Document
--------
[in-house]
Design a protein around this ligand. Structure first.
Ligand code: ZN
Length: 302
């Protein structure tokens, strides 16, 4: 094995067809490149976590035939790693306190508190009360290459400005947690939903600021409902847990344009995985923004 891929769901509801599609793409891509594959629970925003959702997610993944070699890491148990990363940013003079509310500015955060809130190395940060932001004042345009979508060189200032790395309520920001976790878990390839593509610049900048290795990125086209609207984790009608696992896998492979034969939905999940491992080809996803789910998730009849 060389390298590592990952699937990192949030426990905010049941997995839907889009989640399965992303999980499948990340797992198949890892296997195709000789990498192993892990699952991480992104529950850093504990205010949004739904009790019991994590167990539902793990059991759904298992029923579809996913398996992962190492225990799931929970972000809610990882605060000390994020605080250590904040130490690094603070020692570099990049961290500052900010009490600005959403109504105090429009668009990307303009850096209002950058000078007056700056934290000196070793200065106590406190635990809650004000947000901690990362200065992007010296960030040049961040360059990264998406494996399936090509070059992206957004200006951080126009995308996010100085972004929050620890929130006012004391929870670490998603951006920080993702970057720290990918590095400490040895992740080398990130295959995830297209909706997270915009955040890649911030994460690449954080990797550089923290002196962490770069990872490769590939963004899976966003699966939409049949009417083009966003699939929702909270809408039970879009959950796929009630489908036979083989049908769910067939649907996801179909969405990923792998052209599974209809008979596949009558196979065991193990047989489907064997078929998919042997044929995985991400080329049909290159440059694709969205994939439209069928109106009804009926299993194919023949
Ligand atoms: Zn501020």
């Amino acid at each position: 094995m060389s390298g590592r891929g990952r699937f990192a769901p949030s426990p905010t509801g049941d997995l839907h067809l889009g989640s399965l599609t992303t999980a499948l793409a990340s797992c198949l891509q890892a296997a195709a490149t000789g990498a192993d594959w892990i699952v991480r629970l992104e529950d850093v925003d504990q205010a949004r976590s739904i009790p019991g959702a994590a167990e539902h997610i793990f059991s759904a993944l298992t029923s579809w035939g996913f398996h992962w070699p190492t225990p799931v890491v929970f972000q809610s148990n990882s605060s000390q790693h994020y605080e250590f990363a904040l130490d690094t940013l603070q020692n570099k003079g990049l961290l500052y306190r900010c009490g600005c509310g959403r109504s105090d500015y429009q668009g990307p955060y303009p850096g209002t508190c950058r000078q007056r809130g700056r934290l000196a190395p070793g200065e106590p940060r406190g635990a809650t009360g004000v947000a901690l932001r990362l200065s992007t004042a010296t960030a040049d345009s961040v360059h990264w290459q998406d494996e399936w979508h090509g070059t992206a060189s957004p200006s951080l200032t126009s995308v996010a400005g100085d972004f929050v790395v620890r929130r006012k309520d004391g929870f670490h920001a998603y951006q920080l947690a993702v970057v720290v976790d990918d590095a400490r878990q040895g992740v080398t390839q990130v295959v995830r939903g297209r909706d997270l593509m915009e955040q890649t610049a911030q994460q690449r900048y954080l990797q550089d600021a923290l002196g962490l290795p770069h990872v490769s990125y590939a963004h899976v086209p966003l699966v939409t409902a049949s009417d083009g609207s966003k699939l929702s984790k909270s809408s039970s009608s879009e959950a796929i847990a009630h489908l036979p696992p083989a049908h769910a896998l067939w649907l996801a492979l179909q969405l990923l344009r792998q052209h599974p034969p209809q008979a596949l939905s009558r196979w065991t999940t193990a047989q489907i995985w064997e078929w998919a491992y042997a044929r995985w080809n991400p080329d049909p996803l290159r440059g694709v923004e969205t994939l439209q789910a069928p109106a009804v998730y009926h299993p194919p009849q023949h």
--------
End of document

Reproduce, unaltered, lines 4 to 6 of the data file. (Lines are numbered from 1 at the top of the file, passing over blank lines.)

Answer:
Length: 302
């Protein structure tokens, strides 16, 4: 094995067809490149976590035939790693306190508190009360290459400005947690939903600021409902847990344009995985923004 891929769901509801599609793409891509594959629970925003959702997610993944070699890491148990990363940013003079509310500015955060809130190395940060932001004042345009979508060189200032790395309520920001976790878990390839593509610049900048290795990125086209609207984790009608696992896998492979034969939905999940491992080809996803789910998730009849 060389390298590592990952699937990192949030426990905010049941997995839907889009989640399965992303999980499948990340797992198949890892296997195709000789990498192993892990699952991480992104529950850093504990205010949004739904009790019991994590167990539902793990059991759904298992029923579809996913398996992962190492225990799931929970972000809610990882605060000390994020605080250590904040130490690094603070020692570099990049961290500052900010009490600005959403109504105090429009668009990307303009850096209002950058000078007056700056934290000196070793200065106590406190635990809650004000947000901690990362200065992007010296960030040049961040360059990264998406494996399936090509070059992206957004200006951080126009995308996010100085972004929050620890929130006012004391929870670490998603951006920080993702970057720290990918590095400490040895992740080398990130295959995830297209909706997270915009955040890649911030994460690449954080990797550089923290002196962490770069990872490769590939963004899976966003699966939409049949009417083009966003699939929702909270809408039970879009959950796929009630489908036979083989049908769910067939649907996801179909969405990923792998052209599974209809008979596949009558196979065991193990047989489907064997078929998919042997044929995985991400080329049909290159440059694709969205994939439209069928109106009804009926299993194919023949
Ligand atoms: Zn501020």